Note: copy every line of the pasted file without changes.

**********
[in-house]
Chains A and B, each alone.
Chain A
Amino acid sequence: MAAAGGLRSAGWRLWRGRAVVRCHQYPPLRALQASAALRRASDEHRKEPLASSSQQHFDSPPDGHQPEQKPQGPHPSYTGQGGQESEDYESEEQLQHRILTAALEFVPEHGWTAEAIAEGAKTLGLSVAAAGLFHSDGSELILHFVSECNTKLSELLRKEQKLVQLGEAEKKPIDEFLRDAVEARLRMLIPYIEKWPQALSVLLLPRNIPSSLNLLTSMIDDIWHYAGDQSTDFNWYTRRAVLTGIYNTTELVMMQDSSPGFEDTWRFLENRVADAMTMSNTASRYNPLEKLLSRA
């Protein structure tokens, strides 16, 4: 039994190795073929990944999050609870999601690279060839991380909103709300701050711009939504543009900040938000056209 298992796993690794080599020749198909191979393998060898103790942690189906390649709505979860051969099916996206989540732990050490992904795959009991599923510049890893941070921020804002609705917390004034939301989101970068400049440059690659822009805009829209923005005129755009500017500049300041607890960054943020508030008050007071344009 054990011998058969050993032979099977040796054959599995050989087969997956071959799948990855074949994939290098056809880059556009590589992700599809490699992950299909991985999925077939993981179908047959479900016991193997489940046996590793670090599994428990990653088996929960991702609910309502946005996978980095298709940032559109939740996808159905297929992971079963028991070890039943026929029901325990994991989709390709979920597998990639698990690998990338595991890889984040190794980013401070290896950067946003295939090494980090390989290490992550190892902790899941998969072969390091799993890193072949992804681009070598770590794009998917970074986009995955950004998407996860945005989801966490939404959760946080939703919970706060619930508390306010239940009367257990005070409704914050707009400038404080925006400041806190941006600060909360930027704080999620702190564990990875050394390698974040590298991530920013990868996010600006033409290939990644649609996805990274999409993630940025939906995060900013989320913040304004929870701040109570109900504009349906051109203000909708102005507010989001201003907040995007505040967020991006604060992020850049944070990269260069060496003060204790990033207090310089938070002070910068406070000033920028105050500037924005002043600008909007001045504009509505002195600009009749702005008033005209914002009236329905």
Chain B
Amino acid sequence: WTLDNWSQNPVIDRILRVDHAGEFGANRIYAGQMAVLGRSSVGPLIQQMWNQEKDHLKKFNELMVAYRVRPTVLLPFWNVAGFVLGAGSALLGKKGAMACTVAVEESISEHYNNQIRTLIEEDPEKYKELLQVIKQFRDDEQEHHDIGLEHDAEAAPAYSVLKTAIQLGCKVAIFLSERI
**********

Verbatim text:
[in-house]
Chains A and B, each alone.
Chain A
Amino acid sequence: MAAAGGLRSAGWRLWRGRAVVRCHQYPPLRALQASAALRRASDEHRKEPLASSSQQHFDSPPDGHQPEQKPQGPHPSYTGQGGQESEDYESEEQLQHRILTAALEFVPEHGWTAEAIAEGAKTLGLSVAAAGLFHSDGSELILHFVSECNTKLSELLRKEQKLVQLGEAEKKPIDEFLRDAVEARLRMLIPYIEKWPQALSVLLLPRNIPSSLNLLTSMIDDIWHYAGDQSTDFNWYTRRAVLTGIYNTTELVMMQDSSPGFEDTWRFLENRVADAMTMSNTASRYNPLEKLLSRA
């Protein structure tokens, strides 16, 4: 039994190795073929990944999050609870999601690279060839991380909103709300701050711009939504543009900040938000056209 298992796993690794080599020749198909191979393998060898103790942690189906390649709505979860051969099916996206989540732990050490992904795959009991599923510049890893941070921020804002609705917390004034939301989101970068400049440059690659822009805009829209923005005129755009500017500049300041607890960054943020508030008050007071344009 054990011998058969050993032979099977040796054959599995050989087969997956071959799948990855074949994939290098056809880059556009590589992700599809490699992950299909991985999925077939993981179908047959479900016991193997489940046996590793670090599994428990990653088996929960991702609910309502946005996978980095298709940032559109939740996808159905297929992971079963028991070890039943026929029901325990994991989709390709979920597998990639698990690998990338595991890889984040190794980013401070290896950067946003295939090494980090390989290490992550190892902790899941998969072969390091799993890193072949992804681009070598770590794009998917970074986009995955950004998407996860945005989801966490939404959760946080939703919970706060619930508390306010239940009367257990005070409704914050707009400038404080925006400041806190941006600060909360930027704080999620702190564990990875050394390698974040590298991530920013990868996010600006033409290939990644649609996805990274999409993630940025939906995060900013989320913040304004929870701040109570109900504009349906051109203000909708102005507010989001201003907040995007505040967020991006604060992020850049944070990269260069060496003060204790990033207090310089938070002070910068406070000033920028105050500037924005002043600008909007001045504009509505002195600009009749702005008033005209914002009236329905």
Chain B
Amino acid sequence: WTLDNWSQNPVIDRILRVDHAGEFGANRIYAGQMAVLGRSSVGPLIQQMWNQEKDHLKKFNELMVAYRVRPTVLLPFWNVAGFVLGAGSALLGKKGAMACTVAVEESISEHYNNQIRTLIEEDPEKYKELLQVIKQFRDDEQEHHDIGLEHDAEAAPAYSVLKTAIQLGCKVAIFLSERI